Good morning sports fans. I was up until quite late last night cutting little squares of magnetized material so that I could show off a completely built but not completely painted magnetized movement tray for a Horde of 54 Night Goblin Archers. One of my discoveries late last night was I only had 50 Night Goblins in the unit, well 49 and a hero so I cleaned and prepared five more archers which I’ll paint this afternoon.
I’m up obscenely early bringing you the freshest miniature painting news from my painting table.
Making a magnetized movement tray isn’t any harder than making a non-magnetized one, but it does take time. The most time consuming part especially for a Horde of 54 Night Goblins is cutting the small squares of magnetized material and affixing it to the bottom of each miniatures base. You could use regimental bases to speed up the process, but I did 55 individual bases. The hero was of course magnetized too.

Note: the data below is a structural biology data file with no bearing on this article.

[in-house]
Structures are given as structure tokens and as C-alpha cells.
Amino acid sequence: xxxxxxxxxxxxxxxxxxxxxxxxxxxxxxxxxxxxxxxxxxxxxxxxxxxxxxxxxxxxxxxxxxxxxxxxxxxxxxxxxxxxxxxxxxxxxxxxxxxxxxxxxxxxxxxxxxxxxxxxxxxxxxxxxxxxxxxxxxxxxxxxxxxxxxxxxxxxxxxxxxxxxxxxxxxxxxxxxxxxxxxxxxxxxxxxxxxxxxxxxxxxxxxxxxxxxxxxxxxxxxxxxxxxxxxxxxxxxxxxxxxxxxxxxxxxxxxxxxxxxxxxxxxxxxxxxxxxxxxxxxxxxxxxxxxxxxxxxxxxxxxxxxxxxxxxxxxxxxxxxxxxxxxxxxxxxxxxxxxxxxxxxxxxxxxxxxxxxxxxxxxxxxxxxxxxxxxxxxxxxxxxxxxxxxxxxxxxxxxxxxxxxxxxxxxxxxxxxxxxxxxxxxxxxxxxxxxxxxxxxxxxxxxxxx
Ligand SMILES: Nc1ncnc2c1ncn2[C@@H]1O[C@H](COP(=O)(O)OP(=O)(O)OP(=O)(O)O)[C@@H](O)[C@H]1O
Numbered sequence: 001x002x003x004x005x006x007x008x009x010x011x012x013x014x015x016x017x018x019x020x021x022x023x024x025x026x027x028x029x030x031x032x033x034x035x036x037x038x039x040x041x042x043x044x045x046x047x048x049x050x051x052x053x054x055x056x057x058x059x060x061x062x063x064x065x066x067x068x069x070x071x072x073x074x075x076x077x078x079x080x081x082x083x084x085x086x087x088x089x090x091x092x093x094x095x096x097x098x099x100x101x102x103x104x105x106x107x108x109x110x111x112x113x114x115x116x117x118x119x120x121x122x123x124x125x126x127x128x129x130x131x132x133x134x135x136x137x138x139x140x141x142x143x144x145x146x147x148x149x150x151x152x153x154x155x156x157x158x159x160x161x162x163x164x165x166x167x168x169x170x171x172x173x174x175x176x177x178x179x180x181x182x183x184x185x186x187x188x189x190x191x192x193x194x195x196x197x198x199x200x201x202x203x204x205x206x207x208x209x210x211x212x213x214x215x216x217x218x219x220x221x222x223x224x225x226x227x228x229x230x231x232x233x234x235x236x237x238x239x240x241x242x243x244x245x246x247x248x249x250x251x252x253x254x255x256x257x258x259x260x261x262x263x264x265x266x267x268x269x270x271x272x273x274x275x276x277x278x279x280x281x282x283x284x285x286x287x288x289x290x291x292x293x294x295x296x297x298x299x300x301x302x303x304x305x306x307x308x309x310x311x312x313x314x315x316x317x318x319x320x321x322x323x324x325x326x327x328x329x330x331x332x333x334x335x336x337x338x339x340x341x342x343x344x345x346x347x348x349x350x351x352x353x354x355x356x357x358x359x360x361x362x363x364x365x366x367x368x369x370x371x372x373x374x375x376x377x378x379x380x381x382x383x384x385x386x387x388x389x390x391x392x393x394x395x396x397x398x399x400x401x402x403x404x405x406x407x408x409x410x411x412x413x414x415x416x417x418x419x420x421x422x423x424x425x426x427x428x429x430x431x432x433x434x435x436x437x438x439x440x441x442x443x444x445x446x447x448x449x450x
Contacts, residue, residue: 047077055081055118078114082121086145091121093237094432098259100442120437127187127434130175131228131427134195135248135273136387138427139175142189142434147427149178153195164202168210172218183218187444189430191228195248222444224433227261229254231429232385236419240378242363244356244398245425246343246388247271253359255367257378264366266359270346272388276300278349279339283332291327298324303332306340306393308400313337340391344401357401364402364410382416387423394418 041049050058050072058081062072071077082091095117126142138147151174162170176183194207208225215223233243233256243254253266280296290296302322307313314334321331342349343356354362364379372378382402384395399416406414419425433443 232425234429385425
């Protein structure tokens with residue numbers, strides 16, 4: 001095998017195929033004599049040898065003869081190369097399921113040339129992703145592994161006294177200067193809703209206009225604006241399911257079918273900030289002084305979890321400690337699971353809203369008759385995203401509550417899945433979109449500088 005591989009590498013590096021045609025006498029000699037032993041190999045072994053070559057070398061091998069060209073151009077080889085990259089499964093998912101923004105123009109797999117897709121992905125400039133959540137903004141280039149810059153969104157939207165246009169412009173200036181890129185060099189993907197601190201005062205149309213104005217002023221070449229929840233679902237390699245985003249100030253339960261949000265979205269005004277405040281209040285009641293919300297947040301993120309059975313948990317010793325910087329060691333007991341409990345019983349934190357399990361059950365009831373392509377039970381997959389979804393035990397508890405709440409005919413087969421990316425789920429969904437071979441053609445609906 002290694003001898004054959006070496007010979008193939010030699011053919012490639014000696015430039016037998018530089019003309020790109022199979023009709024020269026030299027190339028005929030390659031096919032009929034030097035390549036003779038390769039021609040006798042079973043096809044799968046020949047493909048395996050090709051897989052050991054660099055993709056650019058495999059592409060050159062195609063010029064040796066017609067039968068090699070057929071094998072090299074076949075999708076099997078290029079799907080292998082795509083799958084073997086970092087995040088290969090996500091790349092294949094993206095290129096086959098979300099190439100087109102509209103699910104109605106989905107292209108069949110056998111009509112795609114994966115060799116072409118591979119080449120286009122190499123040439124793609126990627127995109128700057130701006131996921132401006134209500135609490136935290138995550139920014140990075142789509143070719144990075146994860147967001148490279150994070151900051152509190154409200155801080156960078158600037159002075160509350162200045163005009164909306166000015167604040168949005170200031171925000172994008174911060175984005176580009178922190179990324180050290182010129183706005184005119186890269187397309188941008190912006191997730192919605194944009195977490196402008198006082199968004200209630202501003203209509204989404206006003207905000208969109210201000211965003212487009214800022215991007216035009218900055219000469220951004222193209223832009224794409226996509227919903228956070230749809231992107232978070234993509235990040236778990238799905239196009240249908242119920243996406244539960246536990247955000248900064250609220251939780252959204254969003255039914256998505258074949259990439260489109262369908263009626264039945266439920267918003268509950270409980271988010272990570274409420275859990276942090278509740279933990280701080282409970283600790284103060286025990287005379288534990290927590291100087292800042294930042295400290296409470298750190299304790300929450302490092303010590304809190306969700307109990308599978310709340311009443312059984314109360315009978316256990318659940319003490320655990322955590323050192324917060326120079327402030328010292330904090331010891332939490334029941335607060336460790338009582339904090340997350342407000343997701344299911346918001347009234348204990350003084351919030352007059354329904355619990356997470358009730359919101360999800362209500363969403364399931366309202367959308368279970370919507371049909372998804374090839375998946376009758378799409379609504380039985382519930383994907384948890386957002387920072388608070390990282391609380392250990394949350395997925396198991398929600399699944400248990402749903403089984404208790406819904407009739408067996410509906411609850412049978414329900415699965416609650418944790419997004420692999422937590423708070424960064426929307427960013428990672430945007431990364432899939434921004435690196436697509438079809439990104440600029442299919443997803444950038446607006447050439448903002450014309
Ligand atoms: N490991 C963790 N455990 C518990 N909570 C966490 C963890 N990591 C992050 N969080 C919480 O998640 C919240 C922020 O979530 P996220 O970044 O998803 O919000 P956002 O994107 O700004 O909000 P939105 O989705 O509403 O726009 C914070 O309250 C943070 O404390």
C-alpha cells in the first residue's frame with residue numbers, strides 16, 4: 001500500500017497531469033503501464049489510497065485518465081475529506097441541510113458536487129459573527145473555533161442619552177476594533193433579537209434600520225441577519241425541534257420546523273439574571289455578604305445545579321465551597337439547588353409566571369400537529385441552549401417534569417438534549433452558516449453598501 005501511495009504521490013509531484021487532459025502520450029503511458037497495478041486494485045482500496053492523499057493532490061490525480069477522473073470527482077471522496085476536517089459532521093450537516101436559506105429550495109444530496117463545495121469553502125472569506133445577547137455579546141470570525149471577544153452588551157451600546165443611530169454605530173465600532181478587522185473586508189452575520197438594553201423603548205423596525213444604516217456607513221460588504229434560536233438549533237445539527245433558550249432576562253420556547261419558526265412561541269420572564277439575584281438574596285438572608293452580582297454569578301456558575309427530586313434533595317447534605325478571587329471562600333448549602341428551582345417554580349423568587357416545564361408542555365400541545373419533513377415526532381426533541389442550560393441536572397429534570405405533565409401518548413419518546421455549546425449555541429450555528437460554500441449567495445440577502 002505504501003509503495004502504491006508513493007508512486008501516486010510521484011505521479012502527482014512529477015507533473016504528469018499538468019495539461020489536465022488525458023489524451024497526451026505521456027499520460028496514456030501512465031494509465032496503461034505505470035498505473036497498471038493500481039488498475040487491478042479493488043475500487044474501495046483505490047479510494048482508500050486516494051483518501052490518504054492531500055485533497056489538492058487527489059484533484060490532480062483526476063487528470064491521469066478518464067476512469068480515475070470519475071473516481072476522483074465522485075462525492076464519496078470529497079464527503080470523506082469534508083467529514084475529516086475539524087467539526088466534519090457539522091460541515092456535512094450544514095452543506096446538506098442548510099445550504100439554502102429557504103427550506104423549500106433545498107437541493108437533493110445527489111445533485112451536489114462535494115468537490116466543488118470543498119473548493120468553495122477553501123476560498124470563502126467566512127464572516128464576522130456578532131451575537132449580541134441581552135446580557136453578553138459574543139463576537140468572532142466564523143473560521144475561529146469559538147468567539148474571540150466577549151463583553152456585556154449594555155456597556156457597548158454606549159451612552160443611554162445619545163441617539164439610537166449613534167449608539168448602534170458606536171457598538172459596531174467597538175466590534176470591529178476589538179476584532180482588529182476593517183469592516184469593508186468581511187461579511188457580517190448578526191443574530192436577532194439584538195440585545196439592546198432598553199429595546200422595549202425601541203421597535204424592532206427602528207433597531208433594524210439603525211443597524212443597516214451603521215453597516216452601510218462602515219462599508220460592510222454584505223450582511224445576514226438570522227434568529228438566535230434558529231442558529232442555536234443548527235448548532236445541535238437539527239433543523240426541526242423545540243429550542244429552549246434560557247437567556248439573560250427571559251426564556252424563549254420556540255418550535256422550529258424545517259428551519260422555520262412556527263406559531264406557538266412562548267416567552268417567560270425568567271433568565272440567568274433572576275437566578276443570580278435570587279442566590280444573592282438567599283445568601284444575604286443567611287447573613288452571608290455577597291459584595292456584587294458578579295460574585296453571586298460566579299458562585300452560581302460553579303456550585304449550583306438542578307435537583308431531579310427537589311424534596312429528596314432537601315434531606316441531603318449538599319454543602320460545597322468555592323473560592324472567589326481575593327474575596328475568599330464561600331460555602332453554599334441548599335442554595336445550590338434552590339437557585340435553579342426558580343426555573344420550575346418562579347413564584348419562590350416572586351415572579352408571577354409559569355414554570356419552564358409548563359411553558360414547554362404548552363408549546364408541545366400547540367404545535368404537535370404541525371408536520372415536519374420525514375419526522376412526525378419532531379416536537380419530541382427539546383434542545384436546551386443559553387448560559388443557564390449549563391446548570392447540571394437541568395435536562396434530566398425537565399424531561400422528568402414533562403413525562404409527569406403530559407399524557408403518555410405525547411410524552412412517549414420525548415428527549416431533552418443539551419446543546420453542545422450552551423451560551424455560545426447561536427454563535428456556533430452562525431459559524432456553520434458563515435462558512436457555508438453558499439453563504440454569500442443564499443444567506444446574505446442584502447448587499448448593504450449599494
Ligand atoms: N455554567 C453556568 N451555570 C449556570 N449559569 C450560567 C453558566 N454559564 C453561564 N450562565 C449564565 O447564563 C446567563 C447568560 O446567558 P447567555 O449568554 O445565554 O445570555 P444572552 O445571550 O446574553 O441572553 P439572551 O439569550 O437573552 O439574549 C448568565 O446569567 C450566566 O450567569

The first thing you need to do is determine how large of a movement tray you need to make. In GW land the most common base sizes are 20mm square and 25mm square, so the interior size is likely some multiple of those two numbers. I’ve found they are sometimes a bit bigger when they have a miniature on them so it is good to leave a few millimetres wiggle room. The movement tray was to be 11 goblins wide and 5 goblins deep. I grabbed the piece of balsa wood I used for the Plaguebearers base and it was just a little too small.
You need to allow 3-4 mm depending on the material used for the edges. I make my bases with three edges just like the ones GW sells. Maybe four edges is better, I don’t know I’ve only made a few movement trays in my time. I play mostly round base games where you deploy in dispersed formation not ranked up.